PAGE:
If pressed, I could come up with a valid pedagogical reason for my class field trip yesterday, but mostly I just wanted to take my Honors students on a hike up the side of a hill on a beautiful fall afternoon.
The absence of cell-phone coverage at Mountwood Park was an asset--no Pokemons in those woods!--so they had no excuse not to listen when I asked them things: What's different about this tree? (The only tree blooming in November--witch hazel, source of pioneer medicines.) Why are we seeing a stone wall in the middle of dense woods? (Because this hasn't always been woods. Second-growth forest covering a former cow pasture.) Why are these ruins located at the top of a hill in the middle of nowhere? Why would anyone build a mansion way up here? (Because this hasn't always been the middle of nowhere; the ruins are evidence of the great wealth that flowed into the area during the first oil and gas boom in the late nineteenth century.)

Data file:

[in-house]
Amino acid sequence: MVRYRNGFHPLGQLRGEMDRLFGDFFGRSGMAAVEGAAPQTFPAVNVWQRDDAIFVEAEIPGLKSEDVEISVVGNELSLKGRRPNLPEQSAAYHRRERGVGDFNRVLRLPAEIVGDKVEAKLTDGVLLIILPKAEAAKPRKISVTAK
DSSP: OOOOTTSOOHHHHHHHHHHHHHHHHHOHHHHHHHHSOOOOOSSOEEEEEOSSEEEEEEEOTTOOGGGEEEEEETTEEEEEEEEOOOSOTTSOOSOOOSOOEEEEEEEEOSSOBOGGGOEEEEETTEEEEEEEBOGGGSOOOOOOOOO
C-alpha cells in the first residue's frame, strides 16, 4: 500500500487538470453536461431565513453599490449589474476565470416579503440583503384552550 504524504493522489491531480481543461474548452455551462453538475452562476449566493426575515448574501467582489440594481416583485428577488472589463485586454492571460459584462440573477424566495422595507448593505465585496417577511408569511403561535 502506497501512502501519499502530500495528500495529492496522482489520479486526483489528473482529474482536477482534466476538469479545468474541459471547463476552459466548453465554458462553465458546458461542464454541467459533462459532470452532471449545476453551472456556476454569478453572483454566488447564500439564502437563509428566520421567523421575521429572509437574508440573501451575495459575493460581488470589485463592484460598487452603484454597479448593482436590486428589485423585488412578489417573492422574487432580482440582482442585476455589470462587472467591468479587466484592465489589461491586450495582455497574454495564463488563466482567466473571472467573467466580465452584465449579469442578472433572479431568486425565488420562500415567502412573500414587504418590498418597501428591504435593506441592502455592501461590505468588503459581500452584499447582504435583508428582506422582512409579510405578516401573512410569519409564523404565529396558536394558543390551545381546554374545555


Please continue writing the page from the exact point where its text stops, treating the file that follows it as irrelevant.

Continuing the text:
My students recently finished reading Cold Mountain, in which Inman walks through autumn mountains much taller than this little foothill, moving silently to avoid capture by the Home Guard. As we hiked briskly over paths covered with dry leaves, we sounded like a herd of bison thundering past. "If we're Inman," I said, "We're dead."
But the cool fall air and strenuous uphill hike made us feel fully alive and invigorated, and that's as good a reason as any for a field trip. Maybe along the way we learned a little something about how to read layers of meaning on a landscape, but mostly we just enjoyed a nice autumn hike in the woods.